In defense of cheese plates

I get migraines.

I don’t get debilitating migraines, but when I get them, I experience an aura (aka scintillating scotoma, which I can best describe as a colorful, pulsating hole in one’s vision), I generally can’t drive for 27 minutes (yes – 27), and I’m treated to a 36-hour dull headache. My experience is so much milder than most people’s migraines, I hesitate to even mention it. Also, this is a food and brewery blog, so why bring it up at all?

The author of this site is not a doctor.

I am completely unqualified to administer medical advice of any kind.

To answer that, I’ll say this:

I am not a doctor.

I am not a doctor. I’m not a dentist, I’m not a therapist, I’m not a scientist, I’m not an engineer, and I’m not a trillion other things. Do not ever take medical, dental, or engineering advice from me. In fact, you should consult a doctor before reading the balance of this post.

One thing I do know a bit about is cheese plates. I know they get a bad rap from time to time. They’re often viewed as yuppie-riffic, elitist, highfalutin, condescending platters full of overpri¢ed chunks of old milk, tiny, wrinkled fruit, and spicy/pricey tree nuts.

photo of arrogant cheese on plate

Typical pompous, snooty-ass cheese plate at Mateo in Boulder


So… why should this matter to people who like to eat or folks who suffer from migraines? The answer is:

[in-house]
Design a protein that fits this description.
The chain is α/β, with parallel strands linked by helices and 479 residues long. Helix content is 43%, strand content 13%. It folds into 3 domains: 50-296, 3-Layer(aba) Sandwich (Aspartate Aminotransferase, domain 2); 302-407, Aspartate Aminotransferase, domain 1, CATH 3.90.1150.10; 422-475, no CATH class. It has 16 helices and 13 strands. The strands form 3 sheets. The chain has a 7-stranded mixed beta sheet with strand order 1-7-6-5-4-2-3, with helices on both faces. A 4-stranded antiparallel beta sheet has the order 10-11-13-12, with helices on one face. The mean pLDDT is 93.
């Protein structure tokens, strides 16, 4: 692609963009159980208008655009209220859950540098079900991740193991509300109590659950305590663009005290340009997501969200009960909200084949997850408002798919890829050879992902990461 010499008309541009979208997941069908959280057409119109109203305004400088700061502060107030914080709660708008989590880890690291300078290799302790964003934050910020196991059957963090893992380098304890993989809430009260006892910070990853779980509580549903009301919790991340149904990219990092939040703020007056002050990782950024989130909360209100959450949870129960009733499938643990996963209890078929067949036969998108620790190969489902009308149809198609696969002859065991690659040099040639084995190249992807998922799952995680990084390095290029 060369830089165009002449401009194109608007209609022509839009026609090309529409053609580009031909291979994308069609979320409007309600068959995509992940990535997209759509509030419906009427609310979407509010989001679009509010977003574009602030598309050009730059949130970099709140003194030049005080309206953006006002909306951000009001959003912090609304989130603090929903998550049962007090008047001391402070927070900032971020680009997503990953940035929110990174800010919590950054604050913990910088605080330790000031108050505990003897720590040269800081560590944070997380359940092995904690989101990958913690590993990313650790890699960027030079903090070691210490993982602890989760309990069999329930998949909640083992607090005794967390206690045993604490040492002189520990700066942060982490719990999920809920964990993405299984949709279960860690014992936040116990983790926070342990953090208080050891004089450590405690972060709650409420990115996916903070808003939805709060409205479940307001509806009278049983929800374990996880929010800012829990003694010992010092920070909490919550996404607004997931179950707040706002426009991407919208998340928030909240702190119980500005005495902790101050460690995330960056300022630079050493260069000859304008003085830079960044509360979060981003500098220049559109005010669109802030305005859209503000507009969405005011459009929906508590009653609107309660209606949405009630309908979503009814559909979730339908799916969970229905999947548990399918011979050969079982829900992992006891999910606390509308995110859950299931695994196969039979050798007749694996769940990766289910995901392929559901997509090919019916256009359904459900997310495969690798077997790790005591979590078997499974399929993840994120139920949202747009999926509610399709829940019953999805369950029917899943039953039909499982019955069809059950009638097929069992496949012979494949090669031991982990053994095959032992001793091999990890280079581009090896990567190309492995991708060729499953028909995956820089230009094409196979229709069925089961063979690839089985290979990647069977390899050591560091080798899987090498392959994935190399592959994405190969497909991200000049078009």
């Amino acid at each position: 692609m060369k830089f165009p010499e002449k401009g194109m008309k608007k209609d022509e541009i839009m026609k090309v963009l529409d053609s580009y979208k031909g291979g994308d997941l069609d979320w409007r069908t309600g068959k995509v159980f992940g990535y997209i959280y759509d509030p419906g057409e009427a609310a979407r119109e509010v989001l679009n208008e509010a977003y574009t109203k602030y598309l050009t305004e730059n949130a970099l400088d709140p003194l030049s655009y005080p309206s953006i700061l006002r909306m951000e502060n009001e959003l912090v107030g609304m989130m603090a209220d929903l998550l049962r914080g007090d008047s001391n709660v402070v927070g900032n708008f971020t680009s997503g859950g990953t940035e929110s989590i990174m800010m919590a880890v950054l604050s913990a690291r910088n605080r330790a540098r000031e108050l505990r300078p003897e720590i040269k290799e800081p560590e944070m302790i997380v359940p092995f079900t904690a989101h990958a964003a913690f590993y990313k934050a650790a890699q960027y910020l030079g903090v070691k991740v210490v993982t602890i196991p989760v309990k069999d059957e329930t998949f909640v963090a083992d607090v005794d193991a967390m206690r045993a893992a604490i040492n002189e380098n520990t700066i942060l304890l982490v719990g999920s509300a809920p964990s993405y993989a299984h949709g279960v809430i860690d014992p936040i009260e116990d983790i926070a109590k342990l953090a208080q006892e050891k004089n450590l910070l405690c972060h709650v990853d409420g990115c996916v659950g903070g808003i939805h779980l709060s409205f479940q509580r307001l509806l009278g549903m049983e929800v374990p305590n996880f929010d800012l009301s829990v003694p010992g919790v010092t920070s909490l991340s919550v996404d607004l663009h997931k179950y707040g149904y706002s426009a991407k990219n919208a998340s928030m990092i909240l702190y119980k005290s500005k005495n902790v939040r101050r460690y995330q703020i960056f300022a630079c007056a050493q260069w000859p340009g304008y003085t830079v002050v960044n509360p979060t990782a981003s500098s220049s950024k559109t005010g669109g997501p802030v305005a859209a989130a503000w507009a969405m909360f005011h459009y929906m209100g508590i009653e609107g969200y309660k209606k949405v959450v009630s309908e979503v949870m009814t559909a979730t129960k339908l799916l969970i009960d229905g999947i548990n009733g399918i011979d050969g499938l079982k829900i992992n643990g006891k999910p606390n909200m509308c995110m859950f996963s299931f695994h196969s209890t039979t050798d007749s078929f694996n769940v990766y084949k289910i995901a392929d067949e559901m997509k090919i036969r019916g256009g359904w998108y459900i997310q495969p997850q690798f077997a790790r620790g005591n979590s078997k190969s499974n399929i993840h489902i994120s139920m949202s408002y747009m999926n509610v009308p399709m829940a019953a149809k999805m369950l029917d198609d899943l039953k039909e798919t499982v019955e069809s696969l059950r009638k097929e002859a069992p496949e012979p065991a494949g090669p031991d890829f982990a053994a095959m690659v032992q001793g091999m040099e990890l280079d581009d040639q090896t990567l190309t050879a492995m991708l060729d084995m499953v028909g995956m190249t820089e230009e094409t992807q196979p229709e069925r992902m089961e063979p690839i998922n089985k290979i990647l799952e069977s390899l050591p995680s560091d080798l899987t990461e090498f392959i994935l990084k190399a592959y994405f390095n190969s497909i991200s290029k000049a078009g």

If you’re unfamiliar with electrolytes, here’s a concise Wikipedia explanation of why electrolytes are useful:

“Electrolyte replacement is needed when a patient has prolonged vomiting or diarrhea, and as a response to strenuous athletic activity.” 

Common electrolytes, to my surprise, include words I’m familiar with, such as potassium, sodium, magnesium, phosphorus, and calcium.

Also, just another quick reminder that:

I am not a doctor, nor am I a physician.

Also, the above is hopefully my final mention of vomiting or diarrhea on this blog.

My migraines are sports induced, meaning: the only time I experience them is after playing sports. A friend who experiences serious migraines advised me to drink sports drinks to replenish my electrolytes before, during, and after soccer games, racquet sports, etc. I’m a bit leery of the chemical and sugar content associated with popular sports drinks, so I began brainstorming alternative ways to load up on electrolytes before sports.

Which brings us to the much-maligned cheese plate.

On a standard cheese plate, one might find:

  • cheese (duh)
  • fruit (figs, grapes, dates, raisins, apple slices, jam, berries)
  • cured meats
  • nuts (almonds, cashews, pecans, walnuts)
  • seeds (pumpkin, sunflower)
  • pickled vegetables
  • olives
  • bread or crackers
  • dark chocolate

You can probably see where I’m going with this: a cheese plate is a veritable gold mine of electrolytes. Break down the platter, and you get:

  • calcium (cheese)
  • potassium (dried fruits, dark chocolate)
  • sodium (cheese, meats, nuts, bread, crackers, olives)
  • phosphorus (cheese, nuts, meats, seeds)
  • magnesium (nuts, dark chocolate, seeds)

I started eating a combination of almonds, pumpkin seeds, cashews, dark chocolate, raisins, and cheese before my games, and I haven’t had a migraine since. I think of it as a healthy, yuppie trail mix packed with stuff that may help you continue to see straight after bending it (like Beckham).

I hope you never get migraines, but if you do, I empathize. Maybe eating a sensibly sized cheese plate before you tear it up on the field, court, or rink will work for you, but maybe it won’t. Consult your damn physician, and go enjoy a cheese plate with a friend either way.

Blackbelly Boulder cheese plate

Giant pile of electrolytes on a Blackbelly cheese plate in Boulder

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